Going through high school I was always going to be an All Black, I did a lot of orienteering in that time as well as hiking, I’ve always loved the outdoors. in 2006 I spent the year working and drinking in the UK and probably didn’t enjoy myself if I’m being honest. In 2007 when I got back I decided I was going to do Coast to Coast, so I started training for that. I’ve done a few Coast to Coast adventures and more recently I’m focussed primarily on the running, so I’ve been running for just shy of ten years, competitively anyway.
What’s your main motivation for running? What facet of running do you enjoy most? what stands out as the best experiences for you, and why?
I run because I enjoy running. That might sound like an interesting thing for people, but I don’t run because I want to put it on Facebook or want any glorification, although I guess there’s an element of the ego that comes through. I oscillate with this a little bit from a competitive standpoint, where I feel like my competitiveness is tied up with my ego in a negative manner, or a positive manner for that matter.
I love getting into the outdoors and exploring, whenever I go to a new place, if I move somewhere or if I’m just hanging out, I’ll always try and get a map and set about in whatever time I have available to me to colour in the map and explore as many different roads and trails as possible. I would never consider myself exclusively a road or a trail runner. I’m a runner, I like to run everywhere, a variety of terrain.
As for my best experiences; This year I was lucky enough to spend about a month in the Alps between Switzerland and France. Going to hang out there, and run some cool places with some cool people was one of the highlights. It was crazy, when I went over I had no plans to race, which was confronting to go “you know, I’m just going to run and train”. I did race a couple of times towards the end of the trip but it was more because the races were there. Certainly the second one (The 10 peaks, which James won) was because I was in the Brecon Beacons in Wales and the race was on.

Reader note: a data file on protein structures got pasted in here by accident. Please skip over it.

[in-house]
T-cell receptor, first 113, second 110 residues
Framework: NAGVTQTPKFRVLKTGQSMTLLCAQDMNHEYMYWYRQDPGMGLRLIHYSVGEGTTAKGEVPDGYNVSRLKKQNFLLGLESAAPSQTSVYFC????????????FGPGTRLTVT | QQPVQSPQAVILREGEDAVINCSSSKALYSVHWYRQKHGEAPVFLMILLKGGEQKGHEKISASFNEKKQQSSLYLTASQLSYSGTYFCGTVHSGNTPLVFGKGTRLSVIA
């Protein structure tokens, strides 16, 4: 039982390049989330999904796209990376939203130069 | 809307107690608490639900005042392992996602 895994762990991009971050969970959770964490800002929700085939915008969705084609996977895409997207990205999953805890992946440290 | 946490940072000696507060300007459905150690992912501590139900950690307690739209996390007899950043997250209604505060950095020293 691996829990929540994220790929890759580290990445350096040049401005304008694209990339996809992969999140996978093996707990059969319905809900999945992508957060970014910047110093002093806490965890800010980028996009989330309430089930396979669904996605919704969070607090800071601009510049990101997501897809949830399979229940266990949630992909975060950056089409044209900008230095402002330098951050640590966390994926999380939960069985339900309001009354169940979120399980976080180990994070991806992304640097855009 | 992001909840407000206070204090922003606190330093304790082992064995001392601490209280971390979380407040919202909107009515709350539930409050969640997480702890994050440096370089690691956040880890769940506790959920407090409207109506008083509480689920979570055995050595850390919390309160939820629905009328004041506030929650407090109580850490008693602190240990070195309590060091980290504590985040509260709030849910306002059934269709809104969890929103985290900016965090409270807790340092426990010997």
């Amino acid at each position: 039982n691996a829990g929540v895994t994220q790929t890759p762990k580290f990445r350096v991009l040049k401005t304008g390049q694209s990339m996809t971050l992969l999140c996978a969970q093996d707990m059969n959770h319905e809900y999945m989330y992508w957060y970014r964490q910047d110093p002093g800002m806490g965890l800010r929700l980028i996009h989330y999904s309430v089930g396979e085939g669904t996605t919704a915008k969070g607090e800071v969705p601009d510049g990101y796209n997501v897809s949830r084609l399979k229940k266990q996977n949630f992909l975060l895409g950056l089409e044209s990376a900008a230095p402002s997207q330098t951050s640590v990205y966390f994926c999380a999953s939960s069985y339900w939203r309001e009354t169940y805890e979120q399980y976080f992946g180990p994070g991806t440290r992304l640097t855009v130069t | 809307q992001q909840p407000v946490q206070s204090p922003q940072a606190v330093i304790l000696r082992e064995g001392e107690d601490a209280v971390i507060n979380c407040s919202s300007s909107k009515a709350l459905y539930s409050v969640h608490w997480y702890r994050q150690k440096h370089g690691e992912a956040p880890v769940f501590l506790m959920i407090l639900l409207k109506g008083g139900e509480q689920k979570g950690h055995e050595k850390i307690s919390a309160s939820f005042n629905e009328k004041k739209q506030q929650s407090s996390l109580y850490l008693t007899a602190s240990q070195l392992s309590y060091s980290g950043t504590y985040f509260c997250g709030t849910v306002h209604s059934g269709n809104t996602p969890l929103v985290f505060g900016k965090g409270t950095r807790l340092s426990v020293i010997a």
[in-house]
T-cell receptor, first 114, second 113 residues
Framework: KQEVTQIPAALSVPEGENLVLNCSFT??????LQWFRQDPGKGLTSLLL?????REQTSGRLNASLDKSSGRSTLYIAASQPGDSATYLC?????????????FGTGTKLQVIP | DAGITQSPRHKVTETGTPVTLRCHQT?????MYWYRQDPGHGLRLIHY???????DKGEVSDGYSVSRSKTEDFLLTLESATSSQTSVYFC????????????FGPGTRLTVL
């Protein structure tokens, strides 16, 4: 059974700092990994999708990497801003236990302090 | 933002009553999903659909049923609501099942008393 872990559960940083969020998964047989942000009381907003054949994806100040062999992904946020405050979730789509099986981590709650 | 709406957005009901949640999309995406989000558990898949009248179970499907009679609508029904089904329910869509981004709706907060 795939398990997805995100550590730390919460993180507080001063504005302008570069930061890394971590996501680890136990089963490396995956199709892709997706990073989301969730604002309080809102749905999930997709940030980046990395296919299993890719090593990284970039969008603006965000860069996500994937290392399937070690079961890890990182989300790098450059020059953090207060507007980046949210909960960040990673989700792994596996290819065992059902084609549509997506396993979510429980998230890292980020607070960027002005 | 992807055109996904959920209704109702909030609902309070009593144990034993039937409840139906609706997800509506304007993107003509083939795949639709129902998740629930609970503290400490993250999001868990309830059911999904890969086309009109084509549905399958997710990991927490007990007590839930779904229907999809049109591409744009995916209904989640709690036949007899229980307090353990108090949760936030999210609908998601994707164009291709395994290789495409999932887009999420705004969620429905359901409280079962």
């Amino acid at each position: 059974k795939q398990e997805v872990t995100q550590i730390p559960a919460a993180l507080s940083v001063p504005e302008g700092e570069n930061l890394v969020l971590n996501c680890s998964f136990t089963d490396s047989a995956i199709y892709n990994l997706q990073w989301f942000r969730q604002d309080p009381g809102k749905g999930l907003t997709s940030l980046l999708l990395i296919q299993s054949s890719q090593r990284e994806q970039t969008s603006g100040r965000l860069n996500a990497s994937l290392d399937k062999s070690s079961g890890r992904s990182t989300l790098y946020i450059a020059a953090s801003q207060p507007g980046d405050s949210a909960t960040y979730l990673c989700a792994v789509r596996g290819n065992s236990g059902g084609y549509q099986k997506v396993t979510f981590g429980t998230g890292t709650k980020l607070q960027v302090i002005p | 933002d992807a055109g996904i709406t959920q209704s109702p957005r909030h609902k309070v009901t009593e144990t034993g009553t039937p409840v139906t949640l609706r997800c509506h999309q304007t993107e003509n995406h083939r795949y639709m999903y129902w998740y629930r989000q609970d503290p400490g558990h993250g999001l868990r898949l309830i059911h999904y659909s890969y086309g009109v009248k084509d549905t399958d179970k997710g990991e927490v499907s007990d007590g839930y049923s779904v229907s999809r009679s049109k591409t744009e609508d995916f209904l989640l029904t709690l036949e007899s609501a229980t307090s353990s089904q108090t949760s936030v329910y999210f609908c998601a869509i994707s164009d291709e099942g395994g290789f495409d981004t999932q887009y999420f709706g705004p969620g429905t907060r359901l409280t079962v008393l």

How far was that race?
It was a little bit different, you had a map with a route marked on it, which was meant to be 60km, but you had to navigate, there were no course markers, but you had a marked map, but, it was the Brecon Beacons..
That’s where the British SAS train, they do that forced pack march, and people die doing it..
Absolutely, we were fog bound the whole time, in the middle of summer, and it was freezing. It was not great, but it was an awesome race.
In regards to your training, are you structured? or do you go more by feel?